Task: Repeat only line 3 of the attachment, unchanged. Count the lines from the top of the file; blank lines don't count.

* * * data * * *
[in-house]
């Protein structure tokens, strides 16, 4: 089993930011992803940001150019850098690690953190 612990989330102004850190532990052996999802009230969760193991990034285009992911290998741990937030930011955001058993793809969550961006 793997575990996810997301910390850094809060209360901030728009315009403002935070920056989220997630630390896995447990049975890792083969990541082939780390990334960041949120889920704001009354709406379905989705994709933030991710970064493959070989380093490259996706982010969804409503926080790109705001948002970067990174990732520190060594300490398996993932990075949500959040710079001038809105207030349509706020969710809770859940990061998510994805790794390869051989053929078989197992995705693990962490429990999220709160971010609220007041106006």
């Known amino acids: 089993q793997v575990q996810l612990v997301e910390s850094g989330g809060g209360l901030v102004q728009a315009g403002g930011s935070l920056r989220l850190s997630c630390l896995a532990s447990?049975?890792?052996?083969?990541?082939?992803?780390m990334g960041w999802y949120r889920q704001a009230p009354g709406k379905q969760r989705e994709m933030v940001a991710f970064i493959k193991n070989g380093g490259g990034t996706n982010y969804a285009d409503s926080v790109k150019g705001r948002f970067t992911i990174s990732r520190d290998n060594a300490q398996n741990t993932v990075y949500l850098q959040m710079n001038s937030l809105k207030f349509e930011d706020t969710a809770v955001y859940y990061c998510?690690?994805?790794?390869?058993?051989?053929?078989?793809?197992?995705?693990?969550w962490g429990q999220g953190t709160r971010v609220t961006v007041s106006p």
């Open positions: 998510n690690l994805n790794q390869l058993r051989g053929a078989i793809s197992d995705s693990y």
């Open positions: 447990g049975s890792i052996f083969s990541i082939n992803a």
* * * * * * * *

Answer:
């Known amino acids: 089993q793997v575990q996810l612990v997301e910390s850094g989330g809060g209360l901030v102004q728009a315009g403002g930011s935070l920056r989220l850190s997630c630390l896995a532990s447990?049975?890792?052996?083969?990541?082939?992803?780390m990334g960041w999802y949120r889920q704001a009230p009354g709406k379905q969760r989705e994709m933030v940001a991710f970064i493959k193991n070989g380093g490259g990034t996706n982010y969804a285009d409503s926080v790109k150019g705001r948002f970067t992911i990174s990732r520190d290998n060594a300490q398996n741990t993932v990075y949500l850098q959040m710079n001038s937030l809105k207030f349509e930011d706020t969710a809770v955001y859940y990061c998510?690690?994805?790794?390869?058993?051989?053929?078989?793809?197992?995705?693990?969550w962490g429990q999220g953190t709160r971010v609220t961006v007041s106006p």